Vision and Strategy Documents

Vision and strategy documents are a routine product of both civilian and government agencies. Cyberspace vision and strategy documents include those produced by the Defense Department (Document 25), Cyber Command (Document 27), Air Force headquarters (Document 17), the Air Force Space Command (Document 4, Document 7), the Navy (Document 16), and the Coast Guard (Document 26).

The DoD Cyber Strategy (Document 25) identifies five strategic goals, including building and maintaining forces and capabilities to conduct cyberspace operations, a variety of ‘implementation objectives’ for each strategic goal, and steps believed necessary to manage the department’s cyber strategy – including an end-to-end assessment of the department’s cyber capabilities. The U.S. Cyber Command’s vision statement (Document 27) focuses on the commander’s intent (including strengthening partnerships with the National Security Agency and the Intelligence Community as well as the Defense Department). It goes on to specify “imperatives” (such as integrating cyberspace operations in support of joint force operations), and “enablers”(including “acquisition agility”) to permit satisfying the identified imperatives or objectives.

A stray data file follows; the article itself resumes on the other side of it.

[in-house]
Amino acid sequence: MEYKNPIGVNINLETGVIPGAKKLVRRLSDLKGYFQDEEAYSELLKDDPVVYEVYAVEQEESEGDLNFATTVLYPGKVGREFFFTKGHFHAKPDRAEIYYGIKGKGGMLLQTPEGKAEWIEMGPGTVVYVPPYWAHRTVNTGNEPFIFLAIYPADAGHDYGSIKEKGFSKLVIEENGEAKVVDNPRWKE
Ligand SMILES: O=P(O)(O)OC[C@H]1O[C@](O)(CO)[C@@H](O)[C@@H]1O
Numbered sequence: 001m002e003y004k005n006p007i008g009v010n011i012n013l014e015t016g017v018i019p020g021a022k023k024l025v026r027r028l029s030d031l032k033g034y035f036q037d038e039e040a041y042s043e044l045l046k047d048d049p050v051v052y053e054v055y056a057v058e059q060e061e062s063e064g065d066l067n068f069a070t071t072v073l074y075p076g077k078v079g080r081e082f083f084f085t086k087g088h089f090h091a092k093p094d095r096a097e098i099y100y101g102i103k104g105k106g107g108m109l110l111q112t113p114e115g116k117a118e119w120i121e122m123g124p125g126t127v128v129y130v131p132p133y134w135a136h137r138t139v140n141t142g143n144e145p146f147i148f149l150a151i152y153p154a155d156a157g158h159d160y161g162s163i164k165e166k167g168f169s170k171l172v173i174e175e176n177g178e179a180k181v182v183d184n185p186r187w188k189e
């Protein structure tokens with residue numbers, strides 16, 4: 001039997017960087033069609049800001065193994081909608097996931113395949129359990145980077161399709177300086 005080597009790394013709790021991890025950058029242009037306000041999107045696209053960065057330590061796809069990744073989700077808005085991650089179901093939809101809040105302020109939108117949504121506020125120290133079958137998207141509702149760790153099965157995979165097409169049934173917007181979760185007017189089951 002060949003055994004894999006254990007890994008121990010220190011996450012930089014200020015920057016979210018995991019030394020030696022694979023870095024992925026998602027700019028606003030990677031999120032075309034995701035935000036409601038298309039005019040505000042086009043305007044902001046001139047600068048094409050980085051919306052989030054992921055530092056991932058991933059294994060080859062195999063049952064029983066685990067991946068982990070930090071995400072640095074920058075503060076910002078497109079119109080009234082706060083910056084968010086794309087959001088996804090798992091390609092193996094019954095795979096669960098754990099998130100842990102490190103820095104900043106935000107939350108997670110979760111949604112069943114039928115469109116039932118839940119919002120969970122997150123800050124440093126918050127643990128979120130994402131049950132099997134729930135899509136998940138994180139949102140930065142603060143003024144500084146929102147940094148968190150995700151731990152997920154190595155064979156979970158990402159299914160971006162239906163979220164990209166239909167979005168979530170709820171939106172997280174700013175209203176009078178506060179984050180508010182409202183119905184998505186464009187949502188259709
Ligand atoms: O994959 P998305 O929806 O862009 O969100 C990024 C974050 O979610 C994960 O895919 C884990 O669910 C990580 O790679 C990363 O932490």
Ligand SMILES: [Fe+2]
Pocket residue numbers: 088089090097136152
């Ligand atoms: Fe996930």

The Air Force Space Command’s cyberspace strategy documents include its 2009 The United States Air Force Blueprint for Cyberspace Operations (Document 4), which notes presidential guidance, joint guidance, the Air Force concept of cyberspace operations, and operational responsiveness, among other topics. A more recent strategy document is the June 2015 United States Coast Guard Cyber Strategy (Document 26), which specifies three strategic priorities (defending cyberspace, enabling operations, and protecting infrastructure), and seven measures aimed at “long-term success.”

 


Logo for the U.S. Cyber Command

Military Cyber Organization